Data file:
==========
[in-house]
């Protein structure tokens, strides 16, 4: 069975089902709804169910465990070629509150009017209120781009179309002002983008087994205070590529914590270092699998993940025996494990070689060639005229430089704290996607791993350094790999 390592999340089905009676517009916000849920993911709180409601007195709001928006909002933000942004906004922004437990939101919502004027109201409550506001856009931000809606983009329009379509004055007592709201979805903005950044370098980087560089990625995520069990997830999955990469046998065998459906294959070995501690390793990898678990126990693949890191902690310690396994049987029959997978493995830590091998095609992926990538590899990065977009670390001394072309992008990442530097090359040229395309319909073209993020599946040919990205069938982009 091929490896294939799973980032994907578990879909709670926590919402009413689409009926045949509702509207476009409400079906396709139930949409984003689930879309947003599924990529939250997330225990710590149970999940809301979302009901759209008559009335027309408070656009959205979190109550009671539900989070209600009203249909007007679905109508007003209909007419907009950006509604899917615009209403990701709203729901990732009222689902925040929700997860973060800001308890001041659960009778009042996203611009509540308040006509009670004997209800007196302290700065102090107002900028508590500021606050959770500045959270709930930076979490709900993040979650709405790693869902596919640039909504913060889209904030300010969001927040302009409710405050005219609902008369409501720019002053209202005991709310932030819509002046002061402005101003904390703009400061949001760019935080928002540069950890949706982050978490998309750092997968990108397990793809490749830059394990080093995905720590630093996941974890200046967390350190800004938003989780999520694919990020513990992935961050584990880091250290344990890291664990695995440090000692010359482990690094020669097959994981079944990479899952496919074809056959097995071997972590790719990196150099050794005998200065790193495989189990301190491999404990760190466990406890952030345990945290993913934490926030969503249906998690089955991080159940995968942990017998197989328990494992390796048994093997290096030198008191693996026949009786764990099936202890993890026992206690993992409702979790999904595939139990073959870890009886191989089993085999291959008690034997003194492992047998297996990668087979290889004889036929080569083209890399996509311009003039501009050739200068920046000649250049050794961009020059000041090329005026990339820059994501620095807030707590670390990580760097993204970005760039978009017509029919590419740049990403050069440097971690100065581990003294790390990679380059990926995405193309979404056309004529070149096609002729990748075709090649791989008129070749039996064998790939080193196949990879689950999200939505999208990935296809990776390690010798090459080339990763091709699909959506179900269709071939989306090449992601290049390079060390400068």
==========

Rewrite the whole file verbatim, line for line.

[in-house]
């Protein structure tokens, strides 16, 4: 069975089902709804169910465990070629509150009017209120781009179309002002983008087994205070590529914590270092699998993940025996494990070689060639005229430089704290996607791993350094790999 390592999340089905009676517009916000849920993911709180409601007195709001928006909002933000942004906004922004437990939101919502004027109201409550506001856009931000809606983009329009379509004055007592709201979805903005950044370098980087560089990625995520069990997830999955990469046998065998459906294959070995501690390793990898678990126990693949890191902690310690396994049987029959997978493995830590091998095609992926990538590899990065977009670390001394072309992008990442530097090359040229395309319909073209993020599946040919990205069938982009 091929490896294939799973980032994907578990879909709670926590919402009413689409009926045949509702509207476009409400079906396709139930949409984003689930879309947003599924990529939250997330225990710590149970999940809301979302009901759209008559009335027309408070656009959205979190109550009671539900989070209600009203249909007007679905109508007003209909007419907009950006509604899917615009209403990701709203729901990732009222689902925040929700997860973060800001308890001041659960009778009042996203611009509540308040006509009670004997209800007196302290700065102090107002900028508590500021606050959770500045959270709930930076979490709900993040979650709405790693869902596919640039909504913060889209904030300010969001927040302009409710405050005219609902008369409501720019002053209202005991709310932030819509002046002061402005101003904390703009400061949001760019935080928002540069950890949706982050978490998309750092997968990108397990793809490749830059394990080093995905720590630093996941974890200046967390350190800004938003989780999520694919990020513990992935961050584990880091250290344990890291664990695995440090000692010359482990690094020669097959994981079944990479899952496919074809056959097995071997972590790719990196150099050794005998200065790193495989189990301190491999404990760190466990406890952030345990945290993913934490926030969503249906998690089955991080159940995968942990017998197989328990494992390796048994093997290096030198008191693996026949009786764990099936202890993890026992206690993992409702979790999904595939139990073959870890009886191989089993085999291959008690034997003194492992047998297996990668087979290889004889036929080569083209890399996509311009003039501009050739200068920046000649250049050794961009020059000041090329005026990339820059994501620095807030707590670390990580760097993204970005760039978009017509029919590419740049990403050069440097971690100065581990003294790390990679380059990926995405193309979404056309004529070149096609002729990748075709090649791989008129070749039996064998790939080193196949990879689950999200939505999208990935296809990776390690010798090459080339990763091709699909959506179900269709071939989306090449992601290049390079060390400068």